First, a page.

My Babe Blues harp is fun to listen to, but even more fun to play. Little Walter is one of the classic greats.

Richard Cory Simon and Garfunkel were my inspiration and my idols, and they were still amazing at the Rock n Roll Hall of Fame 25th Anniversary Concert, where they sent chills through the audience. This takes me right back to my freshman year of college.

Djangology I took a class in the History of Jazz at UCLA and it opened my eyes and ears forever. Thank you, Paul Tanner, wherever you are, for showing us the wonders of Django Reinhardt.

It Takes a Lot to Laugh, It Takes a Train to Cry The Bob. What more need we say?

Dunmore Lassies I got to play with a professional Irish band at my brother Jeff’s 50th birthday party. I’ve always loved Celtic music. That night, though, is seared into my memory. I was awestruck.

Jolie Louise Powerful song by Daniel Lanois. Just learned to play it a few weeks ago!

Aganju I love Bebel Gilberto. Lots of inherited talent running in those lovely Brazilian veins. Did you know she was performing with daddy at Carnegie Hall at age nine?

Darling Patricia She is. The love of my life, the mother of my younger son, and the planner of my party. Talented, brilliant, centered, genuine, beautiful. I’m so lucky to have her in my life.

Soul Kitchen Cooking has been a big part of my life and of my history with Paul. If not gourmet dinners, then furry black puppies. (Ask him.) The Doors knew how to cook, too.

I Put My Trust in You We end it where we began. With the blues the way they should be played. But John Lee Hooker bemoans the trust he put in his friends. I’m thrilled to have trusted mine.

Paul, thank you for your friendship, your creativity and your passion. You rock.


Fear vs. hope? Can’t we ever talk? — 30 November 2009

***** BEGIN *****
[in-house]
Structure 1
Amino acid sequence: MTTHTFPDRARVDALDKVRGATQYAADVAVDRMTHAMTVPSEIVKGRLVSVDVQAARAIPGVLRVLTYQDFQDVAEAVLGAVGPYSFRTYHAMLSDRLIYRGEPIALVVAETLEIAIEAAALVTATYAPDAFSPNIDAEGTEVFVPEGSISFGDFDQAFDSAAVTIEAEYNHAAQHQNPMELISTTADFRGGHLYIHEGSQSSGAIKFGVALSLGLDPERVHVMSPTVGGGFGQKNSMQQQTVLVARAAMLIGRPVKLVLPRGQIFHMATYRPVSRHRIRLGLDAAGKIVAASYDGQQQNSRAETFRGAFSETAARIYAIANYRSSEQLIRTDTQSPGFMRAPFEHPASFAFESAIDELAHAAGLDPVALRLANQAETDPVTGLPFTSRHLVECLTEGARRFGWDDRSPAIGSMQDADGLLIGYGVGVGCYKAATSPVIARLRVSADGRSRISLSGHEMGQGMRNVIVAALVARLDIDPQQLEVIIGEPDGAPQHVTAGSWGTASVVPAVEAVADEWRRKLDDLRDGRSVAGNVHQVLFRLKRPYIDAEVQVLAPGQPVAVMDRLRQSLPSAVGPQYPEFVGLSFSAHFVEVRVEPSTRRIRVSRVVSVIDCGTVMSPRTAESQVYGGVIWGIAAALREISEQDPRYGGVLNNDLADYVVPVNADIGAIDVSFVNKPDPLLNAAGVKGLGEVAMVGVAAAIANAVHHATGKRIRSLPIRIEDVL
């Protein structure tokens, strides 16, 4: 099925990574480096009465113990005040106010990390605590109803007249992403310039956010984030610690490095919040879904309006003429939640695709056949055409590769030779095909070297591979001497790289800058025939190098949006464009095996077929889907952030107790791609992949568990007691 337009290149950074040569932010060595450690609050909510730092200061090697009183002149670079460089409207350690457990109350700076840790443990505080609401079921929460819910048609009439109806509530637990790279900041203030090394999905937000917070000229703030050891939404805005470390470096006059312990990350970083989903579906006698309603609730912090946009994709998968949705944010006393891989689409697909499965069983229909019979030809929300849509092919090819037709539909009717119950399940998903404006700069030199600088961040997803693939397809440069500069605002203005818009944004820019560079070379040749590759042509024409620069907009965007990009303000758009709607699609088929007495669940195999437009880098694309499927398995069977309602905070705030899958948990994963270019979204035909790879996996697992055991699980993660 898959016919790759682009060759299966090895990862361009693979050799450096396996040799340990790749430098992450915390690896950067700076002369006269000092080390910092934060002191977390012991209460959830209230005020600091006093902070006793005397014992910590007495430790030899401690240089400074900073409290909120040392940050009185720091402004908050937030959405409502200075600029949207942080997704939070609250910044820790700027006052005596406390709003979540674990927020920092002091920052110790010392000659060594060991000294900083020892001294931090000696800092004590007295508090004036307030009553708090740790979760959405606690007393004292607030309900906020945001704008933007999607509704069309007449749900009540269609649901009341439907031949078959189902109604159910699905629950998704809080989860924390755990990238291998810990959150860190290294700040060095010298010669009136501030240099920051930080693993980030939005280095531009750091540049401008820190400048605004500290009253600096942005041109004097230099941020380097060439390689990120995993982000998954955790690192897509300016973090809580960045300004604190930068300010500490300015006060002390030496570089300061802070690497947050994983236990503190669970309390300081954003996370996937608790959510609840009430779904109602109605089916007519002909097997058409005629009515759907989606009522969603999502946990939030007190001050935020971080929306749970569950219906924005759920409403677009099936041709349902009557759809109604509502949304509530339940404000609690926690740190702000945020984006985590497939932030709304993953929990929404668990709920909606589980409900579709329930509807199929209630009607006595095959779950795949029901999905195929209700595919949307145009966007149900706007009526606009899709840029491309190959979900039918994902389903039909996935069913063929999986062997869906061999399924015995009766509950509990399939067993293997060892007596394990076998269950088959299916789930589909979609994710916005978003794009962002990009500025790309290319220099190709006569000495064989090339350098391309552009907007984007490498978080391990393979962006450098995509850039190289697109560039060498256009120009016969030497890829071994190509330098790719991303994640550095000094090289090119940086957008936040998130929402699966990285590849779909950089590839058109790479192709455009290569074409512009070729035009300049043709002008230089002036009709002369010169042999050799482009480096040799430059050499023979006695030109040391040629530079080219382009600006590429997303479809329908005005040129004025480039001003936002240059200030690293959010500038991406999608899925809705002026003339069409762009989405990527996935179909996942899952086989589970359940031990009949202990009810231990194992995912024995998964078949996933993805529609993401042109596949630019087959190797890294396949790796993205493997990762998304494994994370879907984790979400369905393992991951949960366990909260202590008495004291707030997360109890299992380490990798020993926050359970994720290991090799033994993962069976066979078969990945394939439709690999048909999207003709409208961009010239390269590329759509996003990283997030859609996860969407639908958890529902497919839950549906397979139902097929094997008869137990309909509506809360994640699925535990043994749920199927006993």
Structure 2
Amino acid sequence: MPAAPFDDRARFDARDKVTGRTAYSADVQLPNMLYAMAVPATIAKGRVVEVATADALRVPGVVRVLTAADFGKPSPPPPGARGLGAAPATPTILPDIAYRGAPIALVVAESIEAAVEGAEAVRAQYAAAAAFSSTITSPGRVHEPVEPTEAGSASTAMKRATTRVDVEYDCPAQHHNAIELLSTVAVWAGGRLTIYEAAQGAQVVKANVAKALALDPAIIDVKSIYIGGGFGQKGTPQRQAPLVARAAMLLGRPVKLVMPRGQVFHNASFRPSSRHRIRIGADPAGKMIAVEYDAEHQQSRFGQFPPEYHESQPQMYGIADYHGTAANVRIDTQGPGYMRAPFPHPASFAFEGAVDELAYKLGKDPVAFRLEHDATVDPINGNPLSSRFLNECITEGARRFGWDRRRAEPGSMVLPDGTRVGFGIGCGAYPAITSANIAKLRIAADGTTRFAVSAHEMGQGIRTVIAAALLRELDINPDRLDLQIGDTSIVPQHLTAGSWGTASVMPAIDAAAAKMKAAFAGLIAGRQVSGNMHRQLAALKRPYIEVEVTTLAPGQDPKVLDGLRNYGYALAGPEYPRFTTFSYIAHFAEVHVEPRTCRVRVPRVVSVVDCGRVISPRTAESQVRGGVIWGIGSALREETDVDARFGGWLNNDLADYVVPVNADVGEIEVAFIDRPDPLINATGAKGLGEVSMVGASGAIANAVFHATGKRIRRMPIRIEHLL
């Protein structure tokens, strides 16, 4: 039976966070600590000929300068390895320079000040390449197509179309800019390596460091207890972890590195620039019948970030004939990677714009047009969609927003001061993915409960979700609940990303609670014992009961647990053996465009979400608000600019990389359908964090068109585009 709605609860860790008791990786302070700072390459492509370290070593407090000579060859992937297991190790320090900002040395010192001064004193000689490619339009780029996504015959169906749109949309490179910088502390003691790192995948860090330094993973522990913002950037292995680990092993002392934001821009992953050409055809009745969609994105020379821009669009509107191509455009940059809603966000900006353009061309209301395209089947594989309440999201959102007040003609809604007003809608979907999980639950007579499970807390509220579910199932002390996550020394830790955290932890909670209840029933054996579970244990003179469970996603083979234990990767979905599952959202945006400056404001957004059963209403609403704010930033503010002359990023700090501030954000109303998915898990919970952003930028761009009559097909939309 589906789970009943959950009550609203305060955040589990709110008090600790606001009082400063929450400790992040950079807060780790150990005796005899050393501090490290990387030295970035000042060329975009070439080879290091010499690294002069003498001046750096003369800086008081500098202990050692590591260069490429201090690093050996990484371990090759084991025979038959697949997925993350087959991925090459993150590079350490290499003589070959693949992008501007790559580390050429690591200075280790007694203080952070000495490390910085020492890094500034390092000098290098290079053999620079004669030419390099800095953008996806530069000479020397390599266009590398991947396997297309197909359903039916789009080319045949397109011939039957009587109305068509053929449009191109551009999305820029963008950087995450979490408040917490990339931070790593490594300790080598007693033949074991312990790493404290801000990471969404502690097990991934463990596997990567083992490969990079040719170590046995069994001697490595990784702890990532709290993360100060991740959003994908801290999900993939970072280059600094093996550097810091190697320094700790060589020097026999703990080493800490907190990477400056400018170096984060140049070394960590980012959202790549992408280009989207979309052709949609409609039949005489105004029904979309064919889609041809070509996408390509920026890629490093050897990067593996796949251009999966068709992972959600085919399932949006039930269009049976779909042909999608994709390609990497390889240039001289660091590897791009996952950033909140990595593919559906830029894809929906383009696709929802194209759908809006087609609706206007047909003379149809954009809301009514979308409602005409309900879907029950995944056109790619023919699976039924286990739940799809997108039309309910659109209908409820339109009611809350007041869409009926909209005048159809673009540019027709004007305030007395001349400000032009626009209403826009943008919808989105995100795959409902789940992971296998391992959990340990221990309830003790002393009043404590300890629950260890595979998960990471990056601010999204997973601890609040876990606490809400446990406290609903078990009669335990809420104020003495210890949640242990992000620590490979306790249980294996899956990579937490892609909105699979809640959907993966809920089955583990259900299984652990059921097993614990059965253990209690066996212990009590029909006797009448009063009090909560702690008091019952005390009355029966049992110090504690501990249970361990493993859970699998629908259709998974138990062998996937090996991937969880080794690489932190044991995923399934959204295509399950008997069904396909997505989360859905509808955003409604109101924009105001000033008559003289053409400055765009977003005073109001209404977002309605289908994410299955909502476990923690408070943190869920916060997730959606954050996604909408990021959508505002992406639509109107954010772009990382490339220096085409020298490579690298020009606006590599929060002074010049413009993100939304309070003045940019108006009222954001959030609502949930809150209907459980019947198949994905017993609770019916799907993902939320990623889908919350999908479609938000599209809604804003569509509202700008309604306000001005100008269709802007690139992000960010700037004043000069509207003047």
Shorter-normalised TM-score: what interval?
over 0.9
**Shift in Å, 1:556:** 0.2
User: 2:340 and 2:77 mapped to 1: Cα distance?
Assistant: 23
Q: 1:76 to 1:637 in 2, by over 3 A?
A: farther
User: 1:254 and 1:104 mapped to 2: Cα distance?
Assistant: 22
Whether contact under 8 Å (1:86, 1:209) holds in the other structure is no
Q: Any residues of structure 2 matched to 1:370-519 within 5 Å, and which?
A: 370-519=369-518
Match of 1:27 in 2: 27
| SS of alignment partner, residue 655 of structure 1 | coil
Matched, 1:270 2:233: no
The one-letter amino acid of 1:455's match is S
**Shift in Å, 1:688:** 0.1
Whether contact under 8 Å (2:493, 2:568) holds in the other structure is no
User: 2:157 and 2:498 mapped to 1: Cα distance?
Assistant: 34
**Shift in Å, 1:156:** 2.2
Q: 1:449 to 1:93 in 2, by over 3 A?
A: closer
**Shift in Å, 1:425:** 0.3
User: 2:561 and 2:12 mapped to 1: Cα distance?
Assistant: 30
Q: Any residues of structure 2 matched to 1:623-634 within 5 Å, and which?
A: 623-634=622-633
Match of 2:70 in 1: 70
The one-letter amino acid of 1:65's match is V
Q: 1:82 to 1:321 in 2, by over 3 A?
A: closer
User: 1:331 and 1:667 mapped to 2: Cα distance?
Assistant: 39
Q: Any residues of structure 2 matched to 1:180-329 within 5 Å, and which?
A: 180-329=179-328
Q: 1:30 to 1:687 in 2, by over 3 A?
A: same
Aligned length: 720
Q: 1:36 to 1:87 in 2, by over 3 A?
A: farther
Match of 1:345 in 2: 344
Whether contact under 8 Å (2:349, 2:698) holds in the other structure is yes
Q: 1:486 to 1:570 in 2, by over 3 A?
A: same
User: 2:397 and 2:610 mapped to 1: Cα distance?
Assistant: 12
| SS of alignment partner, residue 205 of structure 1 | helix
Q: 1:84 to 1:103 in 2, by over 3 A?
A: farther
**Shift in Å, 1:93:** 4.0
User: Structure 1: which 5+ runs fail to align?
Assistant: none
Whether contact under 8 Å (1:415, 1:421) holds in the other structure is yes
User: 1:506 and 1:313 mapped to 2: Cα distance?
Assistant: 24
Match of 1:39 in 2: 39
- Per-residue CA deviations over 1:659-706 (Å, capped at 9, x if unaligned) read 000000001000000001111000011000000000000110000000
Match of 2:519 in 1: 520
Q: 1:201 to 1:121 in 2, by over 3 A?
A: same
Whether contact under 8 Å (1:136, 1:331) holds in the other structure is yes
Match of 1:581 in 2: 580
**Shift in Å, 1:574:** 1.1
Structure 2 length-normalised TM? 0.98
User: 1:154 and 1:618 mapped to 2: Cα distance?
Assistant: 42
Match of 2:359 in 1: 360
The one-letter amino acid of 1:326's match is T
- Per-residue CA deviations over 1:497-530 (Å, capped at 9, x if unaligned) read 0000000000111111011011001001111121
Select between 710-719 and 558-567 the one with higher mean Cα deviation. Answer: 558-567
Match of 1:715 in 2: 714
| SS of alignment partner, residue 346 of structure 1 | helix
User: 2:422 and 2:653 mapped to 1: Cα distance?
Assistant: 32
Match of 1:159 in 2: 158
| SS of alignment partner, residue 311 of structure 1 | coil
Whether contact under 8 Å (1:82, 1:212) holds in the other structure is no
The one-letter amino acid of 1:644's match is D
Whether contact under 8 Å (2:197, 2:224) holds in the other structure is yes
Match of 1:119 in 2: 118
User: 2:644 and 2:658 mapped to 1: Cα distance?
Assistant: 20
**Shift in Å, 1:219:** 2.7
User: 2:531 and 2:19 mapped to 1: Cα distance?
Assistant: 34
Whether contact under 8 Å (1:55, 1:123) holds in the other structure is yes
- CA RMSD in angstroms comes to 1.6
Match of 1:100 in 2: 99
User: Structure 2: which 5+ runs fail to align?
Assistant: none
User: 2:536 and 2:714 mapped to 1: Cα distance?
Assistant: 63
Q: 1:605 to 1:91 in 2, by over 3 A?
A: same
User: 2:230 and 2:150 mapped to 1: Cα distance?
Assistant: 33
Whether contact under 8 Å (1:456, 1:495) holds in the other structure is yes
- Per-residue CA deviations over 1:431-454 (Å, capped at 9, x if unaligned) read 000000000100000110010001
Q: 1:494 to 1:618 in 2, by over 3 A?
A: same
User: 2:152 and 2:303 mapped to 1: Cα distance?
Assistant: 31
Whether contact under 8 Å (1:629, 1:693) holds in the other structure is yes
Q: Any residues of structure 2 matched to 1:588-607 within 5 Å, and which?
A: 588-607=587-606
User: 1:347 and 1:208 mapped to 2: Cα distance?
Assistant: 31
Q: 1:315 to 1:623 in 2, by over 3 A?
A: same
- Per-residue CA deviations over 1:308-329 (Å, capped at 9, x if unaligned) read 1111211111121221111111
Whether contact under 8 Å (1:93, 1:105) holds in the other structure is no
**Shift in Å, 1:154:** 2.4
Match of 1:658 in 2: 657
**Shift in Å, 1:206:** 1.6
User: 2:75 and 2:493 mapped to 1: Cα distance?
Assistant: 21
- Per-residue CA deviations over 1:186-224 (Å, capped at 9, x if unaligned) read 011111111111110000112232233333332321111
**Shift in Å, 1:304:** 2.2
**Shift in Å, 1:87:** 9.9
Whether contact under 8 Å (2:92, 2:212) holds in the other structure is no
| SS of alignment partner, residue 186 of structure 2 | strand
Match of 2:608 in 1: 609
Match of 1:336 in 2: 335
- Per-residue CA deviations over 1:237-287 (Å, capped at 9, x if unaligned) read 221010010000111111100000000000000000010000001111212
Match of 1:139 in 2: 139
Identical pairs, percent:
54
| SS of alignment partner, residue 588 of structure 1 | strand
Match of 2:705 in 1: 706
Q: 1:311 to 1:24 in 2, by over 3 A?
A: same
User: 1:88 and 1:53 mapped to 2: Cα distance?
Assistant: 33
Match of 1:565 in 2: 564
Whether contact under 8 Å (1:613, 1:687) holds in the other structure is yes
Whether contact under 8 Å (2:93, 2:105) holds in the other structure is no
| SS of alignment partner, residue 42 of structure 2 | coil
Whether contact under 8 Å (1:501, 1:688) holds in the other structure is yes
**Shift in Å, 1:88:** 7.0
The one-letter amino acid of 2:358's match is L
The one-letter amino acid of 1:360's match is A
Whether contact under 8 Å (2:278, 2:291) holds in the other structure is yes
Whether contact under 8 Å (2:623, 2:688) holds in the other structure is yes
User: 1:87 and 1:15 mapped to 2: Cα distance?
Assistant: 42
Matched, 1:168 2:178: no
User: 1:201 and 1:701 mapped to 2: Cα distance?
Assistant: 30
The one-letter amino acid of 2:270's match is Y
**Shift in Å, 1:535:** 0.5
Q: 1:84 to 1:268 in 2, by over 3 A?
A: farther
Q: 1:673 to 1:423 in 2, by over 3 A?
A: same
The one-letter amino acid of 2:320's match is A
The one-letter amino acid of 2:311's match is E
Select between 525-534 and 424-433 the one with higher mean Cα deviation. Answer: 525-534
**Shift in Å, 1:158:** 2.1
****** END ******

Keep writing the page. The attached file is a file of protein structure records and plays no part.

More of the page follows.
Fear vs. hope? Can’t we ever talk?

It seems that each of us lives either in a world of fear, or in one built on possibilities. Once I got that through my skull, it all made sense.

We start out filled with hope. Anything is possible. Life is good. Change is fascinating and filled with options, with learning, with new people and new experiences.

As we age, we start to become more afraid. We learn that danger lurks in unexpected places. We have things to protect — property, a family, savings, a career, a reputation. And we discover how scary it is when things change. We see how vulnerable we are. We try hard to hold onto what we have, even if it means not risking, never dreaming. Continue reading

Pulp Friction — 16 November 2009

Pulp Friction

Joe and Barack deal with the Socialist Problem.
Apologies to Messrs. Tarantino, Travolta and Jackson

My son made this t-shirt for a friend over the weekend. (Yesss!!)

Click the photo to see it big.

To the Right: Think about who’s listening — 23 September 2009

To the Right: Think about who’s listening

Census worker Bill Sparkman found hanged in Kentucky
Census worker Bill Sparkman found hanged in Kentucky

Despite what Ronald Reagan claimed, the government is not our enemy; it’s us. We elect it. It attempts to provide what we’re looking for. If it doesn’t, we vote the bad guys out and try again. If we don’t do that, it’s our own fault and we get what we get. Eight years of George W. Bush, for example.

Continue reading